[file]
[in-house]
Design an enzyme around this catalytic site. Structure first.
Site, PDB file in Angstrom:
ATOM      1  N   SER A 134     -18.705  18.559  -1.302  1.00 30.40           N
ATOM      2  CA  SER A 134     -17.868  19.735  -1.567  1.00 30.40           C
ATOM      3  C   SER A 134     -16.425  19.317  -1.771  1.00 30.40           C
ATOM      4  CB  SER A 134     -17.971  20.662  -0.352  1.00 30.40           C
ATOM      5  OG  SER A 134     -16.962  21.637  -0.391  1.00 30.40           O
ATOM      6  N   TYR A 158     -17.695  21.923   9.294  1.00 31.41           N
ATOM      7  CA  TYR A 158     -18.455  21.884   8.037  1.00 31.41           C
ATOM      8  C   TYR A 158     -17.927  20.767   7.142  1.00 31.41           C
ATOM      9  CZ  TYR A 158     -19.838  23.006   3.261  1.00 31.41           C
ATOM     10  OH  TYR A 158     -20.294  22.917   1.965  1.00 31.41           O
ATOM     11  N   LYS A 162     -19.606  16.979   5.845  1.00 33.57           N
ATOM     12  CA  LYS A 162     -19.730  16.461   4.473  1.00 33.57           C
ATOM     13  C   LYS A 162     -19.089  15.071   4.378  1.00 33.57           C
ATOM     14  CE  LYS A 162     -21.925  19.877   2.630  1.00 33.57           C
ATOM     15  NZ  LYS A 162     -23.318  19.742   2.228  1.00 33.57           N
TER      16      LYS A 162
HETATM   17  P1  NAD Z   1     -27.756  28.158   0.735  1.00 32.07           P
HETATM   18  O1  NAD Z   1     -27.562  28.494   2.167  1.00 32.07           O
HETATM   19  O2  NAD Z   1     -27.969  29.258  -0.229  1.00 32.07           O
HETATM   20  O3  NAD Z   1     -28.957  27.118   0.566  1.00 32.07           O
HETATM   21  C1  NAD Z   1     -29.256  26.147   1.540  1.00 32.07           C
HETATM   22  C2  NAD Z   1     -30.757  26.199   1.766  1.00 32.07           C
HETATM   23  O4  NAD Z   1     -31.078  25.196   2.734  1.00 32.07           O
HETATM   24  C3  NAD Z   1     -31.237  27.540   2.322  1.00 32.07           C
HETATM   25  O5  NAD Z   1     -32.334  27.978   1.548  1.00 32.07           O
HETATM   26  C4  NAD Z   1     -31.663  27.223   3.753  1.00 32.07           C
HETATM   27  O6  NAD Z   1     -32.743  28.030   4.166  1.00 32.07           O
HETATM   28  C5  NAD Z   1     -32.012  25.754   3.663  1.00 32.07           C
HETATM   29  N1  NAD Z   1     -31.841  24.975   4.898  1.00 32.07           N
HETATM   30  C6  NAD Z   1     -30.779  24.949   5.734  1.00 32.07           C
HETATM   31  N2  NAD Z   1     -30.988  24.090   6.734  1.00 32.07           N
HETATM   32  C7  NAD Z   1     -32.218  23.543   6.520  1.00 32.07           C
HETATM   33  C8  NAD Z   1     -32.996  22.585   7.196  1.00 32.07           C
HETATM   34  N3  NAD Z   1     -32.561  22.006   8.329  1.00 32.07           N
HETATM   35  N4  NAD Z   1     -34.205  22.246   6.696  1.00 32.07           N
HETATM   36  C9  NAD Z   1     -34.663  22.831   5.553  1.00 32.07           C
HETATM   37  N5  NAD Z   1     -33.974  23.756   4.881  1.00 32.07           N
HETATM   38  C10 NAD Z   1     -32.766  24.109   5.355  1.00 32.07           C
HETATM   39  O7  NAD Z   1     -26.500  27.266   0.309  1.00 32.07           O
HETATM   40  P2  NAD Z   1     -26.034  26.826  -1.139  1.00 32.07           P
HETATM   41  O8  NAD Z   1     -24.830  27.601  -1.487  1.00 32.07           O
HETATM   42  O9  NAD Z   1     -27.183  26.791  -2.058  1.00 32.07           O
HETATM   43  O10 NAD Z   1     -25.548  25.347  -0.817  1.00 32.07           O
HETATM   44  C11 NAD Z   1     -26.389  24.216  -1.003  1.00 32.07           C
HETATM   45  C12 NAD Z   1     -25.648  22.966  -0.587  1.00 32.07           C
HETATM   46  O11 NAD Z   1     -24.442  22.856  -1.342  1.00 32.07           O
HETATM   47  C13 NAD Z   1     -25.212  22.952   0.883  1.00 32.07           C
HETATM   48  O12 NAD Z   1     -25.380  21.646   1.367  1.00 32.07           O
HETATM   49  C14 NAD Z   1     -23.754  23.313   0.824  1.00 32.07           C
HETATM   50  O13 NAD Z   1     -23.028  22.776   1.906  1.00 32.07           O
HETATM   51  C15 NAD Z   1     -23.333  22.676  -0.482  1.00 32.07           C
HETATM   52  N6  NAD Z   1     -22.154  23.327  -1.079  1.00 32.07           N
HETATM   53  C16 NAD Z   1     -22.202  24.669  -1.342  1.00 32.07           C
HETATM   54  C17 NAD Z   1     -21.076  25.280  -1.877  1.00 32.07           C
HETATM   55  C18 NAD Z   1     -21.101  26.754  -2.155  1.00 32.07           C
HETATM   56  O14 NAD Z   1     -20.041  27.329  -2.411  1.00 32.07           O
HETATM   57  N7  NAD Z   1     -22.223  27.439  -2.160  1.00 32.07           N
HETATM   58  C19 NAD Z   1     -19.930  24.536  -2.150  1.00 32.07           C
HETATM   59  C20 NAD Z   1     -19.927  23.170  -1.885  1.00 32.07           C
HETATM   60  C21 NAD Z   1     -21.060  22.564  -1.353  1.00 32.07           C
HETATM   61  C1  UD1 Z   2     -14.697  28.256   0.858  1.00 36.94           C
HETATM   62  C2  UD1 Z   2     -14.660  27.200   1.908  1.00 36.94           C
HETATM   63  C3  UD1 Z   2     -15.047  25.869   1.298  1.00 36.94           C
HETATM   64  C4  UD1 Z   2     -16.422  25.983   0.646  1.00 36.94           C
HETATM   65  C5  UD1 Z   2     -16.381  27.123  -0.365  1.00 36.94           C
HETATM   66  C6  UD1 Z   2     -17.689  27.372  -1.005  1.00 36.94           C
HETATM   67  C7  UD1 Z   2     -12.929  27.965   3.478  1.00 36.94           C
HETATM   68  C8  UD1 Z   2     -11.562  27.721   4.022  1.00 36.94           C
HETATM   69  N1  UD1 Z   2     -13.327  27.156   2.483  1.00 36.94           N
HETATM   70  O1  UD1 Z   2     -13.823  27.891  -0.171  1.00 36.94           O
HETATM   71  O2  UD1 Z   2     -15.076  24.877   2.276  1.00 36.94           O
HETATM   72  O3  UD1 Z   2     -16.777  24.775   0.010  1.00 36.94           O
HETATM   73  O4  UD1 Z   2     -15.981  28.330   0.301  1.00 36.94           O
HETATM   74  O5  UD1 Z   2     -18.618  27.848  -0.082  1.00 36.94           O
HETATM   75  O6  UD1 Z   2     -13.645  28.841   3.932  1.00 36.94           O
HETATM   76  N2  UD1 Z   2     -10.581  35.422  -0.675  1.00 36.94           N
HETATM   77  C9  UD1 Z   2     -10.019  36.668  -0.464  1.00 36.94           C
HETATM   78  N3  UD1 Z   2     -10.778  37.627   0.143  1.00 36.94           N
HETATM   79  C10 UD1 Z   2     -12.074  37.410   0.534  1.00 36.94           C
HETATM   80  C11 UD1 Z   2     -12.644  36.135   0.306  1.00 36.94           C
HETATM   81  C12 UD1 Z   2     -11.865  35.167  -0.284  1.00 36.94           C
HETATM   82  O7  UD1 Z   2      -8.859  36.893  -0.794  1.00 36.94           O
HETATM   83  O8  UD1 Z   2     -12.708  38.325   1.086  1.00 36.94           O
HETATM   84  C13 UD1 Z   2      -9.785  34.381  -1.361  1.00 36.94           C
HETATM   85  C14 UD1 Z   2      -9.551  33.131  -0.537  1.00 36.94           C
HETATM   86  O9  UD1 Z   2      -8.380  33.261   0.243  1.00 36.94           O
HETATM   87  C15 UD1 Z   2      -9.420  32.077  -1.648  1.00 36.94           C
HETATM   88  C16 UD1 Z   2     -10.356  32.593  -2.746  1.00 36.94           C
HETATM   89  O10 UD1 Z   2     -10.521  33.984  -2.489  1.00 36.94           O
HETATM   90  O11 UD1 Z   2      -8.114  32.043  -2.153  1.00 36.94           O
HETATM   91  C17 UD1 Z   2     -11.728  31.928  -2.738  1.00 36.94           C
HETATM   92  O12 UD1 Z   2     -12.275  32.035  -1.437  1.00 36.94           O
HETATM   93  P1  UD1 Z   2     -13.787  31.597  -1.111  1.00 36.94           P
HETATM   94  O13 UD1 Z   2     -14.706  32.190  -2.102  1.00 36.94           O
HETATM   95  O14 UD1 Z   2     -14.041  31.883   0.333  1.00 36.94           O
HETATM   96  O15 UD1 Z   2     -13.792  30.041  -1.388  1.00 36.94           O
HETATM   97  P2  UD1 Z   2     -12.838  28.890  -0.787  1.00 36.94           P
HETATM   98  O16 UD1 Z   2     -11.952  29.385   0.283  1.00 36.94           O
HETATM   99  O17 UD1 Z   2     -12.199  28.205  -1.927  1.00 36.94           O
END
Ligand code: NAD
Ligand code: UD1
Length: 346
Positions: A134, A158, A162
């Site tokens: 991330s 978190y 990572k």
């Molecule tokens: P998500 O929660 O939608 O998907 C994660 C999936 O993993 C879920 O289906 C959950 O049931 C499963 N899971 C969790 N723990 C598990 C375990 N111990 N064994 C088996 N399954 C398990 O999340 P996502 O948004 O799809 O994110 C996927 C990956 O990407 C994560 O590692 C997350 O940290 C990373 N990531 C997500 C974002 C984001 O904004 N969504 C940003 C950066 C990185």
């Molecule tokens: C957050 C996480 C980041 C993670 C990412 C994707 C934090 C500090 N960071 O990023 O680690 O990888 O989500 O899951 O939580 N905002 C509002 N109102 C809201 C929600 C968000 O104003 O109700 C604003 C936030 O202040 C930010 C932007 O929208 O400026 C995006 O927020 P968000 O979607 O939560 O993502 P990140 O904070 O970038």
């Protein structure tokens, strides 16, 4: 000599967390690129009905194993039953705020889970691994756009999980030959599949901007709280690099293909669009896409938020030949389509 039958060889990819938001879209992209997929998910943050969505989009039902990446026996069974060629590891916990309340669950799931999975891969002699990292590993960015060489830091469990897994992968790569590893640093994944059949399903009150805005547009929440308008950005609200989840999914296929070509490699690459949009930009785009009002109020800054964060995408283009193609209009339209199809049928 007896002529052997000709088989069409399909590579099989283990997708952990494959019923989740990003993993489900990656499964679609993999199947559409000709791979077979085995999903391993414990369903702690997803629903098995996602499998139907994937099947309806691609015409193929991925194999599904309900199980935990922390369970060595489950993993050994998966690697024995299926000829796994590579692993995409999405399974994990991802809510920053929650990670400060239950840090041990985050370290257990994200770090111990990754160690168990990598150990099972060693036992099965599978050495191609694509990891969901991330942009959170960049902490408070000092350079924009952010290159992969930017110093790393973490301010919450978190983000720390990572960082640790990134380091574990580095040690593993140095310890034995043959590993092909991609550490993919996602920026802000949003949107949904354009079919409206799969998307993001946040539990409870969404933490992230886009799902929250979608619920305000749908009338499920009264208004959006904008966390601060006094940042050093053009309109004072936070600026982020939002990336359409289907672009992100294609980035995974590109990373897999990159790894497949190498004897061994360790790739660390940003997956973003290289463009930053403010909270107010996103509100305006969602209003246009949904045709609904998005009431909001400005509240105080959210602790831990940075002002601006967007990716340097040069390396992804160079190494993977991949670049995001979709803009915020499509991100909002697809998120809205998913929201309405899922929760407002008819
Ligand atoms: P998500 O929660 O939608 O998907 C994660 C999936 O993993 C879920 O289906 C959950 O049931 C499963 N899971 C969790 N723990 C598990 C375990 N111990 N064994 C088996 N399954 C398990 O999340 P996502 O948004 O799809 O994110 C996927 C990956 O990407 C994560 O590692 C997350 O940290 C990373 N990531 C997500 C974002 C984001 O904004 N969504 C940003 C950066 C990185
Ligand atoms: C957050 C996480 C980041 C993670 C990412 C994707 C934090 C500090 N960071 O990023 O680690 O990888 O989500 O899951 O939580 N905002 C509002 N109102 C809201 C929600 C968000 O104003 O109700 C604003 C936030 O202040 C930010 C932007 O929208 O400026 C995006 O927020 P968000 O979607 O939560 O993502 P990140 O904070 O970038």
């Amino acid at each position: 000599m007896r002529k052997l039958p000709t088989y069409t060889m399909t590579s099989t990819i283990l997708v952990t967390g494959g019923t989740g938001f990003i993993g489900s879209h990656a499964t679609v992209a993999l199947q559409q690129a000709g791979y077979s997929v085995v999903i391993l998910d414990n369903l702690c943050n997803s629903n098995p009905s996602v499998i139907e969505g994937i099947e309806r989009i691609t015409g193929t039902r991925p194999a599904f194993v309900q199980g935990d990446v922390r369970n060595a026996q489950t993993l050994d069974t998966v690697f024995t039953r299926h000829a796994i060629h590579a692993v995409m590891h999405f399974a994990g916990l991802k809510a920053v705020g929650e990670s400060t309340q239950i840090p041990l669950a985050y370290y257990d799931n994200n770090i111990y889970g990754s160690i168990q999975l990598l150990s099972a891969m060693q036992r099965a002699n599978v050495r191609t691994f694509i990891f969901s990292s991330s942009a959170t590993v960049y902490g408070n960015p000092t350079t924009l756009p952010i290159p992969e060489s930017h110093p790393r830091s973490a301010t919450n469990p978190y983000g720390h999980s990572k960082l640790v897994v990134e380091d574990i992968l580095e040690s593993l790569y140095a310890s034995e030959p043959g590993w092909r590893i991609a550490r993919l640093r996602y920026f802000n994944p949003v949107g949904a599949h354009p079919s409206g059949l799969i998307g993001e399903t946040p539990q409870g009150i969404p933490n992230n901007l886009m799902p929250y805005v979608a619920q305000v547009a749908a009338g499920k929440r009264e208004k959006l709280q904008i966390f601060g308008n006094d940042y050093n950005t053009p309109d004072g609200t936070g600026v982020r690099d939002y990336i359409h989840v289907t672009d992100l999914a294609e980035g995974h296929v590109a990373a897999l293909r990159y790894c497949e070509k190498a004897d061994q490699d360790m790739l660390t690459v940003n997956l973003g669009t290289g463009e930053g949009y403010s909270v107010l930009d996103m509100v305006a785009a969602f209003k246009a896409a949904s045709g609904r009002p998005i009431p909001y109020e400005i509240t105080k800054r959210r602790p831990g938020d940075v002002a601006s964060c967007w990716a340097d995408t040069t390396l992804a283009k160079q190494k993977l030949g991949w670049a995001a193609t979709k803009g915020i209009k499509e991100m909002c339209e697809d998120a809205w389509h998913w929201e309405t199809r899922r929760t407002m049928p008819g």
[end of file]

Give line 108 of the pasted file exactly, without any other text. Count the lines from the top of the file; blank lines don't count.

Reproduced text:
């Site tokens: 991330s 978190y 990572k």